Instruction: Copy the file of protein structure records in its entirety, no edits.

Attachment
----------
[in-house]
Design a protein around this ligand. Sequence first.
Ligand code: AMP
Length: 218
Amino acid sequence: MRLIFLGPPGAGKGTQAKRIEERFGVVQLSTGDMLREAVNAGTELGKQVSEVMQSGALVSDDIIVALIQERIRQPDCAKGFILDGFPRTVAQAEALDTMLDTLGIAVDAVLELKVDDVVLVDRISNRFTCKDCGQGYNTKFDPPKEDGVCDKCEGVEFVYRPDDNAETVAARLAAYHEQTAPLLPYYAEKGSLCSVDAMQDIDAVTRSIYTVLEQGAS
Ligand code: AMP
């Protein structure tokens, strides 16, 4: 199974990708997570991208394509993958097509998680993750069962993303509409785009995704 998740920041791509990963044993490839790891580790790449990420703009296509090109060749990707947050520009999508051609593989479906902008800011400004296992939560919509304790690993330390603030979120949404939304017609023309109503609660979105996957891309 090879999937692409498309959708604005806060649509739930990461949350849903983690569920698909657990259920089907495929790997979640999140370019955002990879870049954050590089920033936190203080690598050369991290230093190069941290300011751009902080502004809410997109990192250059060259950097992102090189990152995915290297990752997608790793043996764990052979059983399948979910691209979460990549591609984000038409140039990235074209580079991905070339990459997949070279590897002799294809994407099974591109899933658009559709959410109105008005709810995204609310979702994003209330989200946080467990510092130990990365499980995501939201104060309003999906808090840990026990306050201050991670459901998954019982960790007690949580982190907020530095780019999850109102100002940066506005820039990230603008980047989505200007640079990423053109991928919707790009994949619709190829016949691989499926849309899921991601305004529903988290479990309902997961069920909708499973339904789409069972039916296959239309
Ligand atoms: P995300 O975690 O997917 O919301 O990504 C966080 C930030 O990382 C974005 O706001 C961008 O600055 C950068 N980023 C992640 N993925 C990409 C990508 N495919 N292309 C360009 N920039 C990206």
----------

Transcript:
[in-house]
Design a protein around this ligand. Sequence first.
Ligand code: AMP
Length: 218
Amino acid sequence: MRLIFLGPPGAGKGTQAKRIEERFGVVQLSTGDMLREAVNAGTELGKQVSEVMQSGALVSDDIIVALIQERIRQPDCAKGFILDGFPRTVAQAEALDTMLDTLGIAVDAVLELKVDDVVLVDRISNRFTCKDCGQGYNTKFDPPKEDGVCDKCEGVEFVYRPDDNAETVAARLAAYHEQTAPLLPYYAEKGSLCSVDAMQDIDAVTRSIYTVLEQGAS
Ligand code: AMP
């Protein structure tokens, strides 16, 4: 199974990708997570991208394509993958097509998680993750069962993303509409785009995704 998740920041791509990963044993490839790891580790790449990420703009296509090109060749990707947050520009999508051609593989479906902008800011400004296992939560919509304790690993330390603030979120949404939304017609023309109503609660979105996957891309 090879999937692409498309959708604005806060649509739930990461949350849903983690569920698909657990259920089907495929790997979640999140370019955002990879870049954050590089920033936190203080690598050369991290230093190069941290300011751009902080502004809410997109990192250059060259950097992102090189990152995915290297990752997608790793043996764990052979059983399948979910691209979460990549591609984000038409140039990235074209580079991905070339990459997949070279590897002799294809994407099974591109899933658009559709959410109105008005709810995204609310979702994003209330989200946080467990510092130990990365499980995501939201104060309003999906808090840990026990306050201050991670459901998954019982960790007690949580982190907020530095780019999850109102100002940066506005820039990230603008980047989505200007640079990423053109991928919707790009994949619709190829016949691989499926849309899921991601305004529903988290479990309902997961069920909708499973339904789409069972039916296959239309
Ligand atoms: P995300 O975690 O997917 O919301 O990504 C966080 C930030 O990382 C974005 O706001 C961008 O600055 C950068 N980023 C992640 N993925 C990409 C990508 N495919 N292309 C360009 N920039 C990206």